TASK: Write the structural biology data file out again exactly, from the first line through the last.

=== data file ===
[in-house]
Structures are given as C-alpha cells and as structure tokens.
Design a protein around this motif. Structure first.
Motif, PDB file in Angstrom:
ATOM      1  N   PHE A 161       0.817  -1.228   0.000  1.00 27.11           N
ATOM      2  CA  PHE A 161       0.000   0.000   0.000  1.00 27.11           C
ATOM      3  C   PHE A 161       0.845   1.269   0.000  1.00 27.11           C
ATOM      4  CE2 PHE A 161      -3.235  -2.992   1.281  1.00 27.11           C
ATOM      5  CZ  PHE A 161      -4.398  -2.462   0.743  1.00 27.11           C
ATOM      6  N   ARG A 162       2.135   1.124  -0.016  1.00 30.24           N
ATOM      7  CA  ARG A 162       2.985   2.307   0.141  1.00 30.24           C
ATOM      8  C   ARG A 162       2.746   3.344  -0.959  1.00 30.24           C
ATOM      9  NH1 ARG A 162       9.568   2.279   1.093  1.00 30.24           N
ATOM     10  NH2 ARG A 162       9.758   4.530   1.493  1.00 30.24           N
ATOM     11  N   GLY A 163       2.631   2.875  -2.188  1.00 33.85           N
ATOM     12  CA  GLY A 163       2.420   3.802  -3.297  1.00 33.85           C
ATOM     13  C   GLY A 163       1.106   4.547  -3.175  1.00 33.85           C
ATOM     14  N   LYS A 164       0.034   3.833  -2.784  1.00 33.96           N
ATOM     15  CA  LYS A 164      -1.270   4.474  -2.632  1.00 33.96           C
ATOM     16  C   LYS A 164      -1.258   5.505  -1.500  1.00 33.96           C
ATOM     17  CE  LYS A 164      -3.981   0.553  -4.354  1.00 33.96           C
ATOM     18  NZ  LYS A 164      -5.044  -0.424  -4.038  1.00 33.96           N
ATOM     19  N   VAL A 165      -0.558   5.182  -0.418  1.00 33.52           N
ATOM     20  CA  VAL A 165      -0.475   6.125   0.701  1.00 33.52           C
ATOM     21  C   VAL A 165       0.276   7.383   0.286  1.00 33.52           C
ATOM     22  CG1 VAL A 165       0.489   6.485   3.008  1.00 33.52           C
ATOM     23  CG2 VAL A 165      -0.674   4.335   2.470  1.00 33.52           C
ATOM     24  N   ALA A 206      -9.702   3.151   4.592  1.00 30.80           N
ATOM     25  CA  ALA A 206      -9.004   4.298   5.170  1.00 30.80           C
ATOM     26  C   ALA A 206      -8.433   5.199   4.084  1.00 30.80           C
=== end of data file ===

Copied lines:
[in-house]
Structures are given as C-alpha cells and as structure tokens.
Design a protein around this motif. Structure first.
Motif, PDB file in Angstrom:
ATOM      1  N   PHE A 161       0.817  -1.228   0.000  1.00 27.11           N
ATOM      2  CA  PHE A 161       0.000   0.000   0.000  1.00 27.11           C
ATOM      3  C   PHE A 161       0.845   1.269   0.000  1.00 27.11           C
ATOM      4  CE2 PHE A 161      -3.235  -2.992   1.281  1.00 27.11           C
ATOM      5  CZ  PHE A 161      -4.398  -2.462   0.743  1.00 27.11           C
ATOM      6  N   ARG A 162       2.135   1.124  -0.016  1.00 30.24           N
ATOM      7  CA  ARG A 162       2.985   2.307   0.141  1.00 30.24           C
ATOM      8  C   ARG A 162       2.746   3.344  -0.959  1.00 30.24           C
ATOM      9  NH1 ARG A 162       9.568   2.279   1.093  1.00 30.24           N
ATOM     10  NH2 ARG A 162       9.758   4.530   1.493  1.00 30.24           N
ATOM     11  N   GLY A 163       2.631   2.875  -2.188  1.00 33.85           N
ATOM     12  CA  GLY A 163       2.420   3.802  -3.297  1.00 33.85           C
ATOM     13  C   GLY A 163       1.106   4.547  -3.175  1.00 33.85           C
ATOM     14  N   LYS A 164       0.034   3.833  -2.784  1.00 33.96           N
ATOM     15  CA  LYS A 164      -1.270   4.474  -2.632  1.00 33.96           C
ATOM     16  C   LYS A 164      -1.258   5.505  -1.500  1.00 33.96           C
ATOM     17  CE  LYS A 164      -3.981   0.553  -4.354  1.00 33.96           C
ATOM     18  NZ  LYS A 164      -5.044  -0.424  -4.038  1.00 33.96           N
ATOM     19  N   VAL A 165      -0.558   5.182  -0.418  1.00 33.52           N
ATOM     20  CA  VAL A 165      -0.475   6.125   0.701  1.00 33.52           C
ATOM     21  C   VAL A 165       0.276   7.383   0.286  1.00 33.52           C
ATOM     22  CG1 VAL A 165       0.489   6.485   3.008  1.00 33.52           C
ATOM     23  CG2 VAL A 165      -0.674   4.335   2.470  1.00 33.52           C
ATOM     24  N   ALA A 206      -9.702   3.151   4.592  1.00 30.80           N
ATOM     25  CA  ALA A 206      -9.004   4.298   5.170  1.00 30.80           C
ATOM     26  C   ALA A 206      -8.433   5.199   4.084  1.00 30.80           C